Monday, March 29, 2004

Fumbled Reception by Rice on Long Bomb

Why on earth is Condoleeza Rice stonewalling the extremely friendly and pliable 9/11 commission (Experts See No Law Barring Rice Testimony)?

It's not like other presidential advisors haven't testified already, so there's no precedent being set, and if she declines to answer some questions on the grounds that the answer would violate national security concerns, she's free to do so. It's all very strange, and given the kid glove treatment to every witness not named Richard Clarke, the fawning, deferential, softball questioning of the likes of Wolfowitz, Rumsfeld, and Powell, it creates the strange impression Rice has something to hide.

The GOPs have been accusing everybody and their grandmother of politicizing 9/11, but the current charged atmosphere is entirely of the Bush administration's making. They didn't just shut out Democratic Congressmen from the Congressional 9/11 investigation, they withheld information from many stalwart Republicans. They delayed the appointment of the 9/11 commission, tried to curtail its powers, and have refused blanket cooperation. That in turn has lead to the commission still meeting at this late date, and the refusal of a key player like Rice to testify under oath -- when she's willing to go on five (5) talk shows in the space of an hour and a half to sling mud at Clarke -- just has a strange appearance.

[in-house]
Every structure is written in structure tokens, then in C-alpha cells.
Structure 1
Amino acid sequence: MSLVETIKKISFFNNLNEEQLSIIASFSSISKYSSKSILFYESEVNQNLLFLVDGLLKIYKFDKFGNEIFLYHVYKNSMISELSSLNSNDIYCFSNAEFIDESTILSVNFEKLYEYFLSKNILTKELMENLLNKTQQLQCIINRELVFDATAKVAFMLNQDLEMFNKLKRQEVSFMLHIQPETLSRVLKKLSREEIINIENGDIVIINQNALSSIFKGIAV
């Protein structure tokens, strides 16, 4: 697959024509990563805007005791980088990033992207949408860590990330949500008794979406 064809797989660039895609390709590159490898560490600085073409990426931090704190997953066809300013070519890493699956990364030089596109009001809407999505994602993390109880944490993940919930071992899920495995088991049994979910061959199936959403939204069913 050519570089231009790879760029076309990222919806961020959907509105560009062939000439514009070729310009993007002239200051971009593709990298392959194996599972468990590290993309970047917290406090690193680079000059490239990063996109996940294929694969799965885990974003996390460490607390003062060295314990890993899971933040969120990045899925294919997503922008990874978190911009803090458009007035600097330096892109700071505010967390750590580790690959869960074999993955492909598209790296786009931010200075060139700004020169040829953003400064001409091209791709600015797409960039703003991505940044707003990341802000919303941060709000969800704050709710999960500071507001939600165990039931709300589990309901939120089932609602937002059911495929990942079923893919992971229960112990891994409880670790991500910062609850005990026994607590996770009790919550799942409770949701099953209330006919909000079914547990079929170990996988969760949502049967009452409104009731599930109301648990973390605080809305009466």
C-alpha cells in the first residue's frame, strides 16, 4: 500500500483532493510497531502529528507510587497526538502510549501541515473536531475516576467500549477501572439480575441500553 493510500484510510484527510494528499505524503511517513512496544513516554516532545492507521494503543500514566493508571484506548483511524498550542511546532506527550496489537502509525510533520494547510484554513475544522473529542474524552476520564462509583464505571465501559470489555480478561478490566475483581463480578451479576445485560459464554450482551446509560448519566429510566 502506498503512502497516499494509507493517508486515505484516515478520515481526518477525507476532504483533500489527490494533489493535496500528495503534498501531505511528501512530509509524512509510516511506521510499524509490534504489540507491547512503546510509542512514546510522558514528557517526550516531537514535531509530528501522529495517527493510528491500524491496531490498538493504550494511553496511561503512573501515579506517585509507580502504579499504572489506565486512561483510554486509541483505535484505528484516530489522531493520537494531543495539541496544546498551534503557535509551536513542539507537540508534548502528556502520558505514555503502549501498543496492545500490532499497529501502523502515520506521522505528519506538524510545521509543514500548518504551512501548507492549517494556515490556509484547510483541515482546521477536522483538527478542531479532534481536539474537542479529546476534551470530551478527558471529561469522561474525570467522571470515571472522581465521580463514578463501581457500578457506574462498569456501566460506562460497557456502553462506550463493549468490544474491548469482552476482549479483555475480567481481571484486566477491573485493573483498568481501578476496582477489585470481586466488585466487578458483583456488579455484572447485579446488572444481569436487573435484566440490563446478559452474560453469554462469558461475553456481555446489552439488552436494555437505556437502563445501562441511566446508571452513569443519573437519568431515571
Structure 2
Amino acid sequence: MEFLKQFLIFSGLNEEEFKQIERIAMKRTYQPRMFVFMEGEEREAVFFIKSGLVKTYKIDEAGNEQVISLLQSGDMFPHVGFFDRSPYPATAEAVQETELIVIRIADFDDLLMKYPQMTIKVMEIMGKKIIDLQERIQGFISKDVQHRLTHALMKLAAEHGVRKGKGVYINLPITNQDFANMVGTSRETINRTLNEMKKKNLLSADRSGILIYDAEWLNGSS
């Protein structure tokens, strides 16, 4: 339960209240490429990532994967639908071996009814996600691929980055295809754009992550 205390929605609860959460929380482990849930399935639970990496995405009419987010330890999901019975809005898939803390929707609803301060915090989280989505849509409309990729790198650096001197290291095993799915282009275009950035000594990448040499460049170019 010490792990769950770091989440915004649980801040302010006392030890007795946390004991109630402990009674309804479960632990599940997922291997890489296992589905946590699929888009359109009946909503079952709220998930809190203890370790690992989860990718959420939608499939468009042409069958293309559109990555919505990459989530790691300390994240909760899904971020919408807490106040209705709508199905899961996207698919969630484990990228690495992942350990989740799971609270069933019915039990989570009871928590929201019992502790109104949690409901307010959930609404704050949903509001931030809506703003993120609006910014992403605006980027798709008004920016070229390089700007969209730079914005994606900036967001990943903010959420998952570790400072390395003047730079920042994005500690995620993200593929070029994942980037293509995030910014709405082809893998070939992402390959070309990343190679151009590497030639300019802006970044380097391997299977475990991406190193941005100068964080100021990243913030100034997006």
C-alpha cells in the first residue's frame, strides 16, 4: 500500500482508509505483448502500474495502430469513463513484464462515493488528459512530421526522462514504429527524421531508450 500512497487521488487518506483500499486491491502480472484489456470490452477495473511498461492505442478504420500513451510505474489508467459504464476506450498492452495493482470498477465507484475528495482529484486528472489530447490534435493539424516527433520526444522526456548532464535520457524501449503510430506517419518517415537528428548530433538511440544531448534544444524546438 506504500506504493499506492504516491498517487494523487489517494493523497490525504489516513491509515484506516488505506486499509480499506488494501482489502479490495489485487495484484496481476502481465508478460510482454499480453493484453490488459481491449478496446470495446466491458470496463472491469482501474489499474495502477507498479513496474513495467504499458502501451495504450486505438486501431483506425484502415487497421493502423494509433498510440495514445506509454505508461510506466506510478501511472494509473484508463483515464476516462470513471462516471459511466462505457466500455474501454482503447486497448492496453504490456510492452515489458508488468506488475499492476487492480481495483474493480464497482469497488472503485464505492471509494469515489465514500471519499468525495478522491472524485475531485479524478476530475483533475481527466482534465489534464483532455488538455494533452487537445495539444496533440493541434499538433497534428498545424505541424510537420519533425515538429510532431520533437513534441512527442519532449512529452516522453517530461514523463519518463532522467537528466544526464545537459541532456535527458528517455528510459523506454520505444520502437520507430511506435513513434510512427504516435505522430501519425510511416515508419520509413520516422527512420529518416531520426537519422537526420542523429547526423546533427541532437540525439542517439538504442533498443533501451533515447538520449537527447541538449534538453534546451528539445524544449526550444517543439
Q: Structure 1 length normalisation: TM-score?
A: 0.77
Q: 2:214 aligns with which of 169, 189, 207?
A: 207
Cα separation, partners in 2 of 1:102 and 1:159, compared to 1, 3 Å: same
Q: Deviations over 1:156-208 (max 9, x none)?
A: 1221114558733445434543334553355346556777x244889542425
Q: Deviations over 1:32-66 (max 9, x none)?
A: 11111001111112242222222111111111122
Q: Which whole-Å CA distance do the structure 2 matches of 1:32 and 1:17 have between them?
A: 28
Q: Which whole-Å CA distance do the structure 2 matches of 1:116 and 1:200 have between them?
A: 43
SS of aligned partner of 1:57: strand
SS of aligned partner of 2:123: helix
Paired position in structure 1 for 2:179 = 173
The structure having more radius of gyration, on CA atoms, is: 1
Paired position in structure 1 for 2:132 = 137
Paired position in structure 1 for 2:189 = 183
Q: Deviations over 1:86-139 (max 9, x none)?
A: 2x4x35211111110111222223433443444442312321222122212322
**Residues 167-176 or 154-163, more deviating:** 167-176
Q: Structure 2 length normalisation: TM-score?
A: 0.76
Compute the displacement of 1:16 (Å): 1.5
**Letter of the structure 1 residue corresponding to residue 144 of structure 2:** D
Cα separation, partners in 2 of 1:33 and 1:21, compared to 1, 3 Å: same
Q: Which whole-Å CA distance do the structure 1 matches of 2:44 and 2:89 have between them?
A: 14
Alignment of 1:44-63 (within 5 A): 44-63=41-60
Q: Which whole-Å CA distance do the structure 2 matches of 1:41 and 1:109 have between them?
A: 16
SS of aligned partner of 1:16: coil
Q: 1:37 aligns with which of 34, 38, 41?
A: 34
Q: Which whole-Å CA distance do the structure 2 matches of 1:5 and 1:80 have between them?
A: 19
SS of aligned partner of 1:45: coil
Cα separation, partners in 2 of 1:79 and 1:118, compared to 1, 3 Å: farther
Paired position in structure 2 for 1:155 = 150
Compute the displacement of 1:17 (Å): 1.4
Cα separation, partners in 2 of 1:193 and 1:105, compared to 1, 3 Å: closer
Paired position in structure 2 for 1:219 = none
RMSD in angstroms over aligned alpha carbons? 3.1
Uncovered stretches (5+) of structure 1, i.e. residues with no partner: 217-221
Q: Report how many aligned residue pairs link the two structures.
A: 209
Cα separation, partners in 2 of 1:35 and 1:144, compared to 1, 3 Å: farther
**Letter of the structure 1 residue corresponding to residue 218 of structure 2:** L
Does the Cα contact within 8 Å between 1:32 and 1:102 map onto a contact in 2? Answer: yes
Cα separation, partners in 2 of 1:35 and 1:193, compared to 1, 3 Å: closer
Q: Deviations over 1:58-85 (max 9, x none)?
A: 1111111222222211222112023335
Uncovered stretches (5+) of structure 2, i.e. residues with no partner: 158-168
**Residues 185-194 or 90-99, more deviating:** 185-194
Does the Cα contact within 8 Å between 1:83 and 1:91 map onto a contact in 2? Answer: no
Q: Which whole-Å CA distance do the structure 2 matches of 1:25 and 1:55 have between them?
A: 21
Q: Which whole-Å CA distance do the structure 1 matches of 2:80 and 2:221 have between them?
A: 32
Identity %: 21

This may seem odd coming from these pages, but I believe the Bush administration should help itself both politically and help the nation as a whole by just being more upfront, technical, and forthright with the commission. The Democrats can't possibly make 9/11 a political issue on their own. Only the Bush administration can really do that by, not surprisingly, assuming it's a political issue when it's one of profound national interest.

The potential for extreme long-term damage is profound. It's not just establishing clearly what the facts of the terror plot were, and trying to glean some lessons from a complete re-telling -- you'd think three years would be long enough to do that -- it's that the whole investigation is starting to smell worse than the Warren commission. I'm no JFK conspiracy enthusiast, but it's clear that a vast majority of the country continues to believe there was a conspiracy because in no small part to the bizarre way the official investigations in the years after JFK's assassination were handled. It gave the appearance of a conspiracy to whitewash whether or not one was intended.

I, for one, don't want to spend the next forty years in a painful rehash of 9/11, and that makes it very important for everybody, EVERYBODY, to come forth and be open to the fullest extent national security makes it practicable.

It's time for the Quarterback to step up and tell his employee to be more receptive.

Tuesday, March 23, 2004

Having it Both Ways A Key Aspect of Being Two-Faced